Nutrition: Burgers, Slaw -- and Salmonella

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Burgers, Slaw -- and Salmonella

Burgers, Slaw -- and Salmonella

By Milton Lakin
WebMD Feature

Reviewed By Gary Vogin

Summer in Iowa ... ahh, there's nothing like it. High temperatures and high humidities -- neither of which seem to wither the spirits of hearty Iowans. Parks are filled with large family picnics, where good food is always a major attraction. Fried chicken, burgers on the grill, and Grandma's homemade potato salad are a must.

Once upon a time the only bugs we had to fret about were ants and centipedes marching across the tablecloth. Now we worry about the kinds of bugs that are transmitted in foods. They are a lot smaller and potentially a lot more dangerous ... with creepy names like Campylobacter and E. coli 0157:H7.

There are plenty to be concerned about. According to the Centers for Disease Control and Prevention (CDC), there are more than 200 diseases that can be spread through food. In a report in the September 1999 issue of the journal Emerging Infectious Diseases, approximately 76 million food-borne illnesses -- resulting in 325,000 hospitalizations and 5,000 deaths -- occur in the United States each year.

The outbreaks can strike almost anywhere. And they spread very quickly. One such outbreak of food poisoning struck the small town of Oskaloosa in southern Iowa. It was a Thursday evening in November of 1996 and about 1,000 people (nearly 10% of the town's population) had attended an annual church dinner. Soon after eating the turkey dinner, people started getting sick. The culprit: Salmonella. Before the weekend was over more than 200 people became ill, 60 were seen in local emergency rooms, and 21 were hospitalized. Officials felt lucky that no one died.

"On the Memorial Day, the Fourth of July, and the Labor Day weekends you can be sure we'll have several outbreaks of food poisoning," says Patricia Quinlisk, MD, state epidemiologist and medical director for the Iowa Department of Public Health. She was called in to help with the investigation of the Oskaloosa outbreak, and every summer she and her colleagues watch for "blips" -- food poisoning outbreaks -- over the holiday weekends.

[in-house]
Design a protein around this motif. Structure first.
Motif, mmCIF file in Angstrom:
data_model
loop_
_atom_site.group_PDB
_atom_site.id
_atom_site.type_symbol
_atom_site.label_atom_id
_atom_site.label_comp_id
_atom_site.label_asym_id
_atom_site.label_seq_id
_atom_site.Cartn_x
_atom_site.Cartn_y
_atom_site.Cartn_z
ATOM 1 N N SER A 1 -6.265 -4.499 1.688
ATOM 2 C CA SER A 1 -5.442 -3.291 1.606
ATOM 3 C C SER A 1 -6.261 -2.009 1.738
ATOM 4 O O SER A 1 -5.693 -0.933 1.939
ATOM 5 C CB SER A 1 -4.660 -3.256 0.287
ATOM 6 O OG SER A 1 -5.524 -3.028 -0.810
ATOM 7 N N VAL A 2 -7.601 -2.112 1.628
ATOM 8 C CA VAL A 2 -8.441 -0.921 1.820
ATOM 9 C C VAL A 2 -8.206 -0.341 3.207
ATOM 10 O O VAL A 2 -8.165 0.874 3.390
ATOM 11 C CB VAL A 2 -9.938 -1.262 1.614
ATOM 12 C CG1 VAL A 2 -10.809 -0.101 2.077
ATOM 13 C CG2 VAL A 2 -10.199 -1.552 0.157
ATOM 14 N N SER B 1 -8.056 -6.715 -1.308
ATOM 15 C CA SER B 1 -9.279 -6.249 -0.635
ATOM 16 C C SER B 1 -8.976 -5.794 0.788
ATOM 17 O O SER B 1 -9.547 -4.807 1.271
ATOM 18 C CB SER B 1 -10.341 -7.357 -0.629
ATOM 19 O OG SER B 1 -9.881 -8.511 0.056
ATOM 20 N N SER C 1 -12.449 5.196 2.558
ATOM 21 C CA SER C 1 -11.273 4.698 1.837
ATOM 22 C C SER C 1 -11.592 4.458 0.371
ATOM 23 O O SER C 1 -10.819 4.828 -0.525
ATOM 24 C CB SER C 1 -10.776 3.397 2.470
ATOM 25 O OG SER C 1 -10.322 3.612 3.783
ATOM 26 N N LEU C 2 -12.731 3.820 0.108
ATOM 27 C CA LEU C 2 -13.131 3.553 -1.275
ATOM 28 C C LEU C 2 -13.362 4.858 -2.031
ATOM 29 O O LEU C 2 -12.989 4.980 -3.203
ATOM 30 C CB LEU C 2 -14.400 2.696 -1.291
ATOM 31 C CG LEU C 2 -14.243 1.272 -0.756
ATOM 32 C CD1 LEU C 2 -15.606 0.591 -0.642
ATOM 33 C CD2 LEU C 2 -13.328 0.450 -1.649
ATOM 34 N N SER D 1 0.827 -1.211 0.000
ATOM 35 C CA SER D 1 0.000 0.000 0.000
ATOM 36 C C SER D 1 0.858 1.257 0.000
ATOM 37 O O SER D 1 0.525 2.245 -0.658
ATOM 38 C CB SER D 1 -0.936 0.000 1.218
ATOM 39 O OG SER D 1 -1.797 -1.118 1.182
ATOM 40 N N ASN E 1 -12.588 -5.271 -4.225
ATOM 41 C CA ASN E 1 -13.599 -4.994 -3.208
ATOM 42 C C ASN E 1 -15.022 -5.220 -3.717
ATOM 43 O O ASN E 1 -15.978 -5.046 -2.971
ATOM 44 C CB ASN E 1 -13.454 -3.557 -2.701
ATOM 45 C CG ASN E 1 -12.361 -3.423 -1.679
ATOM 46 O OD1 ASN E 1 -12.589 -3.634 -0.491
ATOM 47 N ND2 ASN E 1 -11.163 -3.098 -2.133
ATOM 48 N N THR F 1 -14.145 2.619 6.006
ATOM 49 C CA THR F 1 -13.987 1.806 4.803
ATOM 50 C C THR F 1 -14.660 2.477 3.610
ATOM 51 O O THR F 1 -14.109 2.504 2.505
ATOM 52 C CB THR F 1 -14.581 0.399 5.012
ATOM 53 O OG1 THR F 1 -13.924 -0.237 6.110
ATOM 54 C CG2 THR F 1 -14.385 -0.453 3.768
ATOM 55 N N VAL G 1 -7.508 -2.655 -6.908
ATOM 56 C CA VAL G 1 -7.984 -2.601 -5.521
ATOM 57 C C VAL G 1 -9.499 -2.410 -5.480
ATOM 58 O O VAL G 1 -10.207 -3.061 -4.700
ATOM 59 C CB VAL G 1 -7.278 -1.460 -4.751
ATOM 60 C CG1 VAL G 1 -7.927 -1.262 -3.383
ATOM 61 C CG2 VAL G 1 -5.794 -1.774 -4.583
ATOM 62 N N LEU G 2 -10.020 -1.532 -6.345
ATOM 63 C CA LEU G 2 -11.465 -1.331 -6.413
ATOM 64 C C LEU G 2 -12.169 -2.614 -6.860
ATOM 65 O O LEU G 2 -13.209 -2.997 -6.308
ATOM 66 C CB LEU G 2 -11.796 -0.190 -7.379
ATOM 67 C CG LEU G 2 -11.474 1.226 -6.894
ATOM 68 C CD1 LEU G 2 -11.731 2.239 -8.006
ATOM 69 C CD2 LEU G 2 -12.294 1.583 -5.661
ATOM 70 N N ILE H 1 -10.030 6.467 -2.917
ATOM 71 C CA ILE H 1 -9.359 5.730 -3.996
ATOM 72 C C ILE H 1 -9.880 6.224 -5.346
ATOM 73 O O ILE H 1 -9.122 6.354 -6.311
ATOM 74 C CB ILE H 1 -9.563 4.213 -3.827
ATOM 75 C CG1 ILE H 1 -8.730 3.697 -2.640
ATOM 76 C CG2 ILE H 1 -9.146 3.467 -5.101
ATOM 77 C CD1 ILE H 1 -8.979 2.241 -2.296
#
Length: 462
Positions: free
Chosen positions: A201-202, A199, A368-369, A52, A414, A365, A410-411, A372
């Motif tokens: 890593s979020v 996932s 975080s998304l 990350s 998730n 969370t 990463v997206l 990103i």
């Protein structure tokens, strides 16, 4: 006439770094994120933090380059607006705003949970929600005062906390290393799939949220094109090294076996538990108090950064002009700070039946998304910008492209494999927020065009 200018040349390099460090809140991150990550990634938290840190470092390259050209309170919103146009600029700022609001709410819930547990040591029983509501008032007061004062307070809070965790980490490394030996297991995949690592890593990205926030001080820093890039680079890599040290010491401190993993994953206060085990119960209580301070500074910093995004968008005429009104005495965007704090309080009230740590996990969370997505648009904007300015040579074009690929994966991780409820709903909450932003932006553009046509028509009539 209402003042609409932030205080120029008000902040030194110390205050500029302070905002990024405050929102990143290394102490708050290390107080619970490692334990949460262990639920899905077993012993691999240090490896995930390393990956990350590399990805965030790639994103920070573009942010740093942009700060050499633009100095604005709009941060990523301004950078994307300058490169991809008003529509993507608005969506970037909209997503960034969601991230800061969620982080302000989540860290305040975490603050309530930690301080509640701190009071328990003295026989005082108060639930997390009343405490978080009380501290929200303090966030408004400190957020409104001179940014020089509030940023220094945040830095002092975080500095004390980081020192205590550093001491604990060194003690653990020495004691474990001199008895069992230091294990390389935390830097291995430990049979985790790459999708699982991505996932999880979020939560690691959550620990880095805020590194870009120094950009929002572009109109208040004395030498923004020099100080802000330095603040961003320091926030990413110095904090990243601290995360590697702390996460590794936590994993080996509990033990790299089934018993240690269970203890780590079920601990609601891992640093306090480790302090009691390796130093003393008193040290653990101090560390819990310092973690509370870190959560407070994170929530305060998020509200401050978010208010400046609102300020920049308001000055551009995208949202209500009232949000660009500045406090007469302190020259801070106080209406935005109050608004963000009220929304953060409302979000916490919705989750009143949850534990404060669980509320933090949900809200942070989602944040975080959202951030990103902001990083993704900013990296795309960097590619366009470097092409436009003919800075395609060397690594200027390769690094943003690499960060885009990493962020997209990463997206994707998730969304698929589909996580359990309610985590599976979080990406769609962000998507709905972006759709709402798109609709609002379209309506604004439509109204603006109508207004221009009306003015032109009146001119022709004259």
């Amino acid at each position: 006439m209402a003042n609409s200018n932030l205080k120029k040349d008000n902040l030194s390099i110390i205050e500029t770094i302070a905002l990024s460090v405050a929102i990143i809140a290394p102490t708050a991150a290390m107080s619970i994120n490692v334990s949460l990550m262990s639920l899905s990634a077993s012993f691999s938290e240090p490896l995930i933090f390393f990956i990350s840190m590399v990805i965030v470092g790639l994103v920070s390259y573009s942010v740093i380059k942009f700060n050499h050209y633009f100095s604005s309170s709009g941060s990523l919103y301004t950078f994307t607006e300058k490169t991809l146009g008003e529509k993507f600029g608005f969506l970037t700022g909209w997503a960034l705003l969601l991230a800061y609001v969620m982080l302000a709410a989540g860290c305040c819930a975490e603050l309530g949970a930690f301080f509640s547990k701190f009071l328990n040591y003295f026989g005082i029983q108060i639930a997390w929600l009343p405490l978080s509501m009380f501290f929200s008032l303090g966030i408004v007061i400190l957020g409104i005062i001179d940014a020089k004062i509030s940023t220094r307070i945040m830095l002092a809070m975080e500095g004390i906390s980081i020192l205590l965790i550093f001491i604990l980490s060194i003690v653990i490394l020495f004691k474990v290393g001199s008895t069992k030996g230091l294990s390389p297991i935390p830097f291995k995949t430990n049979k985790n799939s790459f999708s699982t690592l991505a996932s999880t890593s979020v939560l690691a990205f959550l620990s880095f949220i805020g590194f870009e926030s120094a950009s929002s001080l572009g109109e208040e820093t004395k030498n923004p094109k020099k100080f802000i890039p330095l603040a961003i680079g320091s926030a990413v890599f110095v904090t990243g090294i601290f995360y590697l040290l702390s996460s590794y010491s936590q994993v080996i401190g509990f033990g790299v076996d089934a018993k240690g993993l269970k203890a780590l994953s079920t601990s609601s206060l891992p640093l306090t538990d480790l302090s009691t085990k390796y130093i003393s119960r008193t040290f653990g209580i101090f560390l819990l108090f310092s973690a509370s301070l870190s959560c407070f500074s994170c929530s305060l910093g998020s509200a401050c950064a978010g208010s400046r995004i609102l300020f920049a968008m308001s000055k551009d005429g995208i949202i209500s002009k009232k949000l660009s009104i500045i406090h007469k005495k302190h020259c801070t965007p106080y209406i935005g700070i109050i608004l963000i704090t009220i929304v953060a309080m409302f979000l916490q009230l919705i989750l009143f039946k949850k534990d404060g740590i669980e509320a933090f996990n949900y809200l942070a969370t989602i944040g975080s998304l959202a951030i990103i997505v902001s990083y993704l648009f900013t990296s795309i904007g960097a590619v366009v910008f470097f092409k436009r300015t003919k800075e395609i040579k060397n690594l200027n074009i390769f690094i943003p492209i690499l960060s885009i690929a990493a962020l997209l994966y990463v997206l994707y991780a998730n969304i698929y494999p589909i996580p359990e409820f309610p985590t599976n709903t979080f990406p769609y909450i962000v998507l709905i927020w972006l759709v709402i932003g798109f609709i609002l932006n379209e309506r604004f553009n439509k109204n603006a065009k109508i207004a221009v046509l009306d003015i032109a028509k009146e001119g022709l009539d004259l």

Quinlisk offers plenty of reasons why the problem heats up in summer. "People aren't as careful about handling foods properly when they cook and eat outside, and they don't always have access to warm water and soap for washing." But during the summer, precautions are most important because the hot and humid weather promotes the growth of bacteria -- the source of most forms of food poisoning.

Potato salad, turkey sandwiches, or other foods left out in the sun can all become hotbeds of bacteria. This happens more often during outdoor picnics and gatherings, where it's more difficult to keep cold foods cold and hot foods hot -- temperatures at which bacteria are less of a threat.

So serious is the problem that the U.S. Department of Agriculture and the U.S. Department of Health and Human Services will soon release food safety tips as part of the recently revised Dietary Guidelines for Americans. "This is an important step in changing the way we think about food safety," says Johanna Dwyer, a Tufts University professor and member of the advisory committee that is drawing up the new guidelines. "The 'Keep Food Safe to Eat' guidelines will focus on ways to avoid trouble in our own kitchens."